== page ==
Tuesday, August 4, 2020
Home Operations Safe Routes Organization Issues Guidance for Walking, Biking Programs During COVID-19

Safe Routes Organization Issues Guidance for Walking, Biking Programs During COVID-19

The Safe Routes to School Partnership released a 55-page guide that addresses canceling or amending safe walking and biking campaigns amid the increasing implementation of virtual-only or hybrid learning models.

Back to School 2020: Recommendations for Safe Routes to School Programming,” advises that schools using online-only models forego programs. In doing so, the organization points out that it remains important for schools to continue to be in contact with crossing guards, calling them “essential partners in Safe Routes to School programs.”

The guidance also notes that crossing guards can be difficult to recruit and retain, so schools should be creative in finding ways to keep them on payrolls. One suggestion is that they conduct walk audits during the ongoing closure of school buildings.

For schools that offer hybrid learning models, the guidance advises that some bike rodeos and walking school bus programs may be facilitated in-person with the proper use of face coverings and hand sanitizer. Meanwhile, schools should be prepared for some parents opting to drive their children to and from school, which could result in increased traffic around school drop-off and pick-up zones. In this case, “[w]alking school bus programs and shared bike fleets may or may not be appropriate or preferred.”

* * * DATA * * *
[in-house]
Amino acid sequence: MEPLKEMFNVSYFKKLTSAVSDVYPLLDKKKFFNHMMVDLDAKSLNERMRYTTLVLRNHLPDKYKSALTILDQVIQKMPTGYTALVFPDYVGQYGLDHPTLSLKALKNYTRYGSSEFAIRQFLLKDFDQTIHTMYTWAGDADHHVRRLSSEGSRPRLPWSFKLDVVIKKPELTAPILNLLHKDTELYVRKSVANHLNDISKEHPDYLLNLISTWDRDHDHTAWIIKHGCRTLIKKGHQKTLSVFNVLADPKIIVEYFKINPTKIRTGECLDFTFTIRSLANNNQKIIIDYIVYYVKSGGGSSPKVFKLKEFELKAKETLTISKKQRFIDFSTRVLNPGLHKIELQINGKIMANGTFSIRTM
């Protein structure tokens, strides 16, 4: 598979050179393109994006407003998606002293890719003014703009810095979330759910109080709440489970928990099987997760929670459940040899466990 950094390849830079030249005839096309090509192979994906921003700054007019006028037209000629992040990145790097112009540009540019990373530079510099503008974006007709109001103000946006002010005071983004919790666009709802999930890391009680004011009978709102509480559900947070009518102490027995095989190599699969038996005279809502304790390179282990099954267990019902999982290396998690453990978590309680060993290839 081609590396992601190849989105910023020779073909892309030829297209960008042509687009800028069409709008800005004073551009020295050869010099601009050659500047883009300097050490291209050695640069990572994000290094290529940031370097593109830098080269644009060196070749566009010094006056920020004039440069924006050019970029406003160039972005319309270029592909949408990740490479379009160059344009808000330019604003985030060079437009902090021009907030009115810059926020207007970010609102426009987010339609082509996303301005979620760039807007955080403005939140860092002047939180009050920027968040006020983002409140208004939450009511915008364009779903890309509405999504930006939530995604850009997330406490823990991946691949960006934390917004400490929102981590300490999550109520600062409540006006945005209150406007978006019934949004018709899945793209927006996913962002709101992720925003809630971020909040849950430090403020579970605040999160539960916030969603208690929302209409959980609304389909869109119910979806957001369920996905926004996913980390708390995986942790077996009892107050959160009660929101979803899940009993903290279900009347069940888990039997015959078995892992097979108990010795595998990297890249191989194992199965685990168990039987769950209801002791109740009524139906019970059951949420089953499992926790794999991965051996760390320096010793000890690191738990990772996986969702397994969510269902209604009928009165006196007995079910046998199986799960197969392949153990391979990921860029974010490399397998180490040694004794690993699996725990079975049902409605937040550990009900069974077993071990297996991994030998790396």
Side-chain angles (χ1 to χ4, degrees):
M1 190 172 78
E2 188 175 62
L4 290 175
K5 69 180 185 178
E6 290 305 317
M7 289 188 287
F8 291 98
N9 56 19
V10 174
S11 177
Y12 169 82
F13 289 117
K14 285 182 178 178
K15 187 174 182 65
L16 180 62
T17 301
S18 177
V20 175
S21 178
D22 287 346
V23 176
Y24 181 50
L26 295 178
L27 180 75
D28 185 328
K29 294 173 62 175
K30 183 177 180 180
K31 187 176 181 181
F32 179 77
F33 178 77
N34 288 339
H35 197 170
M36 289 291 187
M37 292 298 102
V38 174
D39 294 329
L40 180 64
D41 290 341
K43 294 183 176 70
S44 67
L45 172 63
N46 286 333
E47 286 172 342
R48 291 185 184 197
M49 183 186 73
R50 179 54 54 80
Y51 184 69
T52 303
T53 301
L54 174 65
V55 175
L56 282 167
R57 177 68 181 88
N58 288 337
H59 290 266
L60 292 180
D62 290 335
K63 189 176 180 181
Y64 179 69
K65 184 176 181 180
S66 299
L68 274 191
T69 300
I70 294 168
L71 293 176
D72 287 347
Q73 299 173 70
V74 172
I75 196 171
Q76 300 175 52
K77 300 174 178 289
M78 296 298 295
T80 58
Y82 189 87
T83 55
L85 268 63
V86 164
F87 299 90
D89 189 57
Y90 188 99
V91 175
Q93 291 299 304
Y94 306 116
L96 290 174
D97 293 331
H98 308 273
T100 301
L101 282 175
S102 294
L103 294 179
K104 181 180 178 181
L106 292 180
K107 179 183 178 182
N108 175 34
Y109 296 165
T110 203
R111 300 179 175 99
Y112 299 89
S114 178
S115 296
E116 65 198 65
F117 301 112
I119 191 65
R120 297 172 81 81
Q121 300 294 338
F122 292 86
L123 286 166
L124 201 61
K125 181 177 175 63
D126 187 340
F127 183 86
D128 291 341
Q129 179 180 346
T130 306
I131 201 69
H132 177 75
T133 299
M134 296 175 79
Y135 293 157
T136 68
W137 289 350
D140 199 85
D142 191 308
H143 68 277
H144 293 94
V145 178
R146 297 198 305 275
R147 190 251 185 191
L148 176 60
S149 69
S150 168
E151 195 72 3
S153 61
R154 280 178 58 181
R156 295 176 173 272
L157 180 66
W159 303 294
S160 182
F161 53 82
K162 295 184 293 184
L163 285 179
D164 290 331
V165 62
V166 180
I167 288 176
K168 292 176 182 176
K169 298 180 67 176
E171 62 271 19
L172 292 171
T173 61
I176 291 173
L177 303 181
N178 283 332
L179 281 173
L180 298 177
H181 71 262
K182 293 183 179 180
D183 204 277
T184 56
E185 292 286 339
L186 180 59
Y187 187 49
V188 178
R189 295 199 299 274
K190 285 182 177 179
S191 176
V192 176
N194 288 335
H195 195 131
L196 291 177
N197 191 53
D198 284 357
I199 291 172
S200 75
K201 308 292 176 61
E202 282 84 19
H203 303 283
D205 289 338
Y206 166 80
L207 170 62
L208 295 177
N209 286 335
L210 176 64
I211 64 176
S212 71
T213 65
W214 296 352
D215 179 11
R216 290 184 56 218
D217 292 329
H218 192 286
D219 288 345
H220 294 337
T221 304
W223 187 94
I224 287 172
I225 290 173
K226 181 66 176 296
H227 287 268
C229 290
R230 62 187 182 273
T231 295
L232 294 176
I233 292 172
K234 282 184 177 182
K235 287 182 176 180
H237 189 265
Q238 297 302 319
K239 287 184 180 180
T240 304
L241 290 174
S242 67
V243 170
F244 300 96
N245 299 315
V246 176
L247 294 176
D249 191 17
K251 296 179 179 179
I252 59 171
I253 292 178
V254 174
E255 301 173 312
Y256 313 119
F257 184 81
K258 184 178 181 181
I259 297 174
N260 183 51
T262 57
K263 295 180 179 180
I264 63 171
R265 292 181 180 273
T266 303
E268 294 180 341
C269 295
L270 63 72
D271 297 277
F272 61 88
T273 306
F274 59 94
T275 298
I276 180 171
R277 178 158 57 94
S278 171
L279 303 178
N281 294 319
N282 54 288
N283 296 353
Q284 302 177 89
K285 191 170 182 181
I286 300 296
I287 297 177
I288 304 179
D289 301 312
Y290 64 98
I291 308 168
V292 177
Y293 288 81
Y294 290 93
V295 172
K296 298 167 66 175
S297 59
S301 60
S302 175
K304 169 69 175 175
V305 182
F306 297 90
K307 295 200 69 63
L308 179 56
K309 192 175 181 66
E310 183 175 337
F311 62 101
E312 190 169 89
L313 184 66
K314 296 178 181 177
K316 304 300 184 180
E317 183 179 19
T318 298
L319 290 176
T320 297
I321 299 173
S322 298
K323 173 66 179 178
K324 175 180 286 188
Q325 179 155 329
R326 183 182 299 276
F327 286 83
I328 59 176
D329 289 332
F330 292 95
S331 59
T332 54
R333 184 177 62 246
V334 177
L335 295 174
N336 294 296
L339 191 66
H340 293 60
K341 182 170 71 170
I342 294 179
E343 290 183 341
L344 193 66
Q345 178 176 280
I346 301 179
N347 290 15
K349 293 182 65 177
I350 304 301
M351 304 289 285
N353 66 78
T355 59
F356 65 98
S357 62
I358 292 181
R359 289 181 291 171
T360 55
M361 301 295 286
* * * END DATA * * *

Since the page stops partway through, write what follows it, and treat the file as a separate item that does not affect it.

In such a scenario, crossing guards remain essential, the resource adds. Where biking or walking programs continue, physical distance is also vital. Students, parents and caregivers also need training to adhere to those requirements.

For schools that operate full in-person learning, the guidance also recommends the same physical distancing and safety precautions of remaining six feet apart and the use of PPE. But it also advises planners to be “prepared to make modifications accordingly.”

It notes that students should be trained on how to utilize driveways or how to safely step off the sidewalk to allow other pedestrians to pass. Other training procedures should include the use of hand signals and only crossing streets at the end of a block if accompanied by an adult, paying special attention to motorists.

The guidance also advises working with a school site or the district to ensure there are clear spaces for students arriving at school to wait with physical distancing in place to have their temperatures taken.


Related: New App Aims to Better Streamline Walking School Bus Concept
Related: Washington State Walking School Bus Program Provides Link to Community Engagement
Related: School Districts Participate in International Walk to School Day
Related: School Districts Participate in International Walk to School Day


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